contractual

[kuhn-trak-choo-uhl]
adjective
of, pertaining to, or secured by a contract.

Origin:
1860–65; < Latin contractu-, stem of contractus contract + -al1

contractually, adverb
noncontractual, adjective

contextual, contractual.
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Based on the Random House Dictionary, © Random House, Inc. 2014.
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World English Dictionary
contractual (kənˈtræktjʊəl)
 
adj
of the nature of or assured by a contract
 
con'tractually
 
adv

Collins English Dictionary - Complete & Unabridged 10th Edition
2009 © William Collins Sons & Co. Ltd. 1979, 1986 © HarperCollins
Publishers 1998, 2000, 2003, 2005, 2006, 2007, 2009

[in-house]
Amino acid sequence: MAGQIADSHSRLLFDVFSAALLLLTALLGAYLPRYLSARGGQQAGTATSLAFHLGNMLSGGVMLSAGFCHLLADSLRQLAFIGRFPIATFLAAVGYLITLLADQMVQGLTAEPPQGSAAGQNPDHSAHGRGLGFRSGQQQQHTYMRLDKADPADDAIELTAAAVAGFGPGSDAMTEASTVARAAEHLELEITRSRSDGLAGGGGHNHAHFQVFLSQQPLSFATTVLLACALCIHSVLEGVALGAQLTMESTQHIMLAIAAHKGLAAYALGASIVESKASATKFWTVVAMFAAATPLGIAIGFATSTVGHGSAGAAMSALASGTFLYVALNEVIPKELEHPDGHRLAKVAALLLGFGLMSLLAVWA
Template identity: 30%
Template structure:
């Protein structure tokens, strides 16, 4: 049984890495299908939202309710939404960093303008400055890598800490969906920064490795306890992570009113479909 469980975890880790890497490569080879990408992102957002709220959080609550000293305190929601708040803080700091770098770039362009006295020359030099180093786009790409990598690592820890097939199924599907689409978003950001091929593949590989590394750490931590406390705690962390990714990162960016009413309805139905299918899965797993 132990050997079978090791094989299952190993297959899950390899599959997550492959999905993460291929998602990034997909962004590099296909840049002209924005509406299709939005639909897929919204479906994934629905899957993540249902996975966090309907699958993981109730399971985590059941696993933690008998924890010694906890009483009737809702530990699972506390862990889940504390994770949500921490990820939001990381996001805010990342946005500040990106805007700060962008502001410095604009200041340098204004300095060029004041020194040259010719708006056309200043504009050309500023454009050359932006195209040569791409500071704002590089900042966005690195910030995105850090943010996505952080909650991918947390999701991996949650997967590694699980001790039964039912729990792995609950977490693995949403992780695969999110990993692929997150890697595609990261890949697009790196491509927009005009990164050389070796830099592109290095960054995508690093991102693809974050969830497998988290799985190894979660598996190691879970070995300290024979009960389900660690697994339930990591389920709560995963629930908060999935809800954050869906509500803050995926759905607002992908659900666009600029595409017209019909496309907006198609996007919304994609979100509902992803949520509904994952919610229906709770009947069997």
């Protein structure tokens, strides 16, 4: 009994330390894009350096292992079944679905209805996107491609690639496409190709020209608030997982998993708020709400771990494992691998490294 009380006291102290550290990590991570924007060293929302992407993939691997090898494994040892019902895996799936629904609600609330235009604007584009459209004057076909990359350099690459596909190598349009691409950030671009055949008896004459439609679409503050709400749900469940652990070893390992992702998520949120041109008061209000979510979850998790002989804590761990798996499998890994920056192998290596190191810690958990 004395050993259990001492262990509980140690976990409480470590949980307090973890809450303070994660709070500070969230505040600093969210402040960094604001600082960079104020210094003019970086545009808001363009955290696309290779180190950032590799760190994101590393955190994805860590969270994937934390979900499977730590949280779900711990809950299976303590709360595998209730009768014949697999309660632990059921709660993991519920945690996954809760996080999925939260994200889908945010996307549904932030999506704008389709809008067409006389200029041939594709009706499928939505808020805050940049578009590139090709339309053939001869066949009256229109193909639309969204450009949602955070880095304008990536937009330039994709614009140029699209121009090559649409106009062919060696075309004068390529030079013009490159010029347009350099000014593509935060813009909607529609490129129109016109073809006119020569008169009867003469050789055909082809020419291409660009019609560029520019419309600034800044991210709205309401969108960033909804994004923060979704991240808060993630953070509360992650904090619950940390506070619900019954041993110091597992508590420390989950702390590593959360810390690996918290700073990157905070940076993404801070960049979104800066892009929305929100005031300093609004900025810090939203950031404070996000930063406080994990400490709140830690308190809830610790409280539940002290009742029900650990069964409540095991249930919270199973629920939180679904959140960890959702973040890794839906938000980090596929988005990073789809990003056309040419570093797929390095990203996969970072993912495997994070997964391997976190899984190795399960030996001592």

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Etymonline
Word Origin & History

contractual
1861, from L. contractus (see contract) + -al (1).
Online Etymology Dictionary, © 2010 Douglas Harper
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Example sentences
Even modern marriage entails contractual obligations, but friendship involves
  no fixed commitments.
Whether or not a guarantee of quality is a contractual obligation, it's
  implicit in the project itself.
These people have no contractual relationship with the business they work for,
  which in turn has no control over them.
Law is rightly recognising privacy policies as enforceable contractual promises.
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